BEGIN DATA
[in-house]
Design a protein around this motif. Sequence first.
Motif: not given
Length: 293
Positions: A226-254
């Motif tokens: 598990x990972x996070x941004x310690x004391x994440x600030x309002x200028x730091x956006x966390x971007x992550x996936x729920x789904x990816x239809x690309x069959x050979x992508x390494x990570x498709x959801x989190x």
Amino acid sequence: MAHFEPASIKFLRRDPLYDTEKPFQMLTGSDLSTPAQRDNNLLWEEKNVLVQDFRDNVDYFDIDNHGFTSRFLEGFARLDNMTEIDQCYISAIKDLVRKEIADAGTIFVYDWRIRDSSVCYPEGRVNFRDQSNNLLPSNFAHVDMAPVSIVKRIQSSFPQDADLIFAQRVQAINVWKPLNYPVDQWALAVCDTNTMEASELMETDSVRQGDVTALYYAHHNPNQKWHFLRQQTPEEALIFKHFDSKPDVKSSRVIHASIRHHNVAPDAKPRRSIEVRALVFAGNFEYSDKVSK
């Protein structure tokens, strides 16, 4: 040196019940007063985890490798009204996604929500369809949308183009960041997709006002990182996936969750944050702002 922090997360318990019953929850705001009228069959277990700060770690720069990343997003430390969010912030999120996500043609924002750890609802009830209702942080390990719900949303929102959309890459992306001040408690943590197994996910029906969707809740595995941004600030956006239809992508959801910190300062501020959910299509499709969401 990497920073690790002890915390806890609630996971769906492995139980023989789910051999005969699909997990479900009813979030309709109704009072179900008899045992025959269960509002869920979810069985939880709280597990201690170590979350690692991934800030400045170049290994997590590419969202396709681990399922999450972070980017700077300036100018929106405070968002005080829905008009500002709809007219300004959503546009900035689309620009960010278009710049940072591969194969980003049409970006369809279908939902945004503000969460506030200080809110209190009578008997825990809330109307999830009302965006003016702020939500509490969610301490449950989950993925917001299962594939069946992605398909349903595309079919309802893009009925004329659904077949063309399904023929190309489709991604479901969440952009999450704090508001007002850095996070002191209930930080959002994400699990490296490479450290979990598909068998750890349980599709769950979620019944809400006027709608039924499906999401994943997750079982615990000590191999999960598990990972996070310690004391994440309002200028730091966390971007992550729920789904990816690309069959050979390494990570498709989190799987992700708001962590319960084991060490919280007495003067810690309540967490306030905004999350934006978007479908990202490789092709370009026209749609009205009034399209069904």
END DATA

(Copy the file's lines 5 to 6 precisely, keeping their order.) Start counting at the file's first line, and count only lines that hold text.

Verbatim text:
Positions: A226-254
């Motif tokens: 598990x990972x996070x941004x310690x004391x994440x600030x309002x200028x730091x956006x966390x971007x992550x996936x729920x789904x990816x239809x690309x069959x050979x992508x390494x990570x498709x959801x989190x």